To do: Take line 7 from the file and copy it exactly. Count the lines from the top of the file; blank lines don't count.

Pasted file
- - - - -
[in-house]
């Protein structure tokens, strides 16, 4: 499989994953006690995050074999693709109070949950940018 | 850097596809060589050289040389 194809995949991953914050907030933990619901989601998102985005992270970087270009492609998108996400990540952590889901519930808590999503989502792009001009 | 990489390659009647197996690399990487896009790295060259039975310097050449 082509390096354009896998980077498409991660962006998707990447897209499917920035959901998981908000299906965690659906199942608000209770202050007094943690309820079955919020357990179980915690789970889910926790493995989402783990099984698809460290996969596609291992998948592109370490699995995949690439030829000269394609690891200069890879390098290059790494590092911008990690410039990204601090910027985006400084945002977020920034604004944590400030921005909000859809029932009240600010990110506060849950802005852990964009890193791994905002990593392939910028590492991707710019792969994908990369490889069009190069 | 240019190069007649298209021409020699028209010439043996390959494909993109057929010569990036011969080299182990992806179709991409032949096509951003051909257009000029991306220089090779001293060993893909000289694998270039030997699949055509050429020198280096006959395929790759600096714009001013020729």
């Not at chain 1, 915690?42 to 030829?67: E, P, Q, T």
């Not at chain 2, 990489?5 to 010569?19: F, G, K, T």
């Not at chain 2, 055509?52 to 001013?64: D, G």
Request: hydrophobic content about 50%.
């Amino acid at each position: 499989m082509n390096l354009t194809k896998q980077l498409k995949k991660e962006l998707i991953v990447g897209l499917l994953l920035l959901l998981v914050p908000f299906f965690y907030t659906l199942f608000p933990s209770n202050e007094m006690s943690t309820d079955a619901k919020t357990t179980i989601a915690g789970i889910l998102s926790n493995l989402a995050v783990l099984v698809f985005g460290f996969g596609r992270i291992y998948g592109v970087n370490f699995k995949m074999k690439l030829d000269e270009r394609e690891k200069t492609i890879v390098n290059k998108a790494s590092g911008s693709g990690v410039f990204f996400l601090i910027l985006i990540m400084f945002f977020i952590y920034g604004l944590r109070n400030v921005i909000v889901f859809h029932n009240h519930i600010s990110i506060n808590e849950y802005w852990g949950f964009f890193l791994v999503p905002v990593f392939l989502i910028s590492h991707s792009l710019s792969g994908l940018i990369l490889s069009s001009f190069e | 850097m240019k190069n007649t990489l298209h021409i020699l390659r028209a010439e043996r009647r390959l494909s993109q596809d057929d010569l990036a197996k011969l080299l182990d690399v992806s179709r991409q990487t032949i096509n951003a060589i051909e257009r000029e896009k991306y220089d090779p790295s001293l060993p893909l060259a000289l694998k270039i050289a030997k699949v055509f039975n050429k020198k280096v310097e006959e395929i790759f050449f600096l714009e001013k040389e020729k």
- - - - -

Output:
């Amino acid at each position: 499989m082509n390096l354009t194809k896998q980077l498409k995949k991660e962006l998707i991953v990447g897209l499917l994953l920035l959901l998981v914050p908000f299906f965690y907030t659906l199942f608000p933990s209770n202050e007094m006690s943690t309820d079955a619901k919020t357990t179980i989601a915690g789970i889910l998102s926790n493995l989402a995050v783990l099984v698809f985005g460290f996969g596609r992270i291992y998948g592109v970087n370490f699995k995949m074999k690439l030829d000269e270009r394609e690891k200069t492609i890879v390098n290059k998108a790494s590092g911008s693709g990690v410039f990204f996400l601090i910027l985006i990540m400084f945002f977020i952590y920034g604004l944590r109070n400030v921005i909000v889901f859809h029932n009240h519930i600010s990110i506060n808590e849950y802005w852990g949950f964009f890193l791994v999503p905002v990593f392939l989502i910028s590492h991707s792009l710019s792969g994908l940018i990369l490889s069009s001009f190069e | 850097m240019k190069n007649t990489l298209h021409i020699l390659r028209a010439e043996r009647r390959l494909s993109q596809d057929d010569l990036a197996k011969l080299l182990d690399v992806s179709r991409q990487t032949i096509n951003a060589i051909e257009r000029e896009k991306y220089d090779p790295s001293l060993p893909l060259a000289l694998k270039i050289a030997k699949v055509f039975n050429k020198k280096v310097e006959e395929i790759f050449f600096l714009e001013k040389e020729k």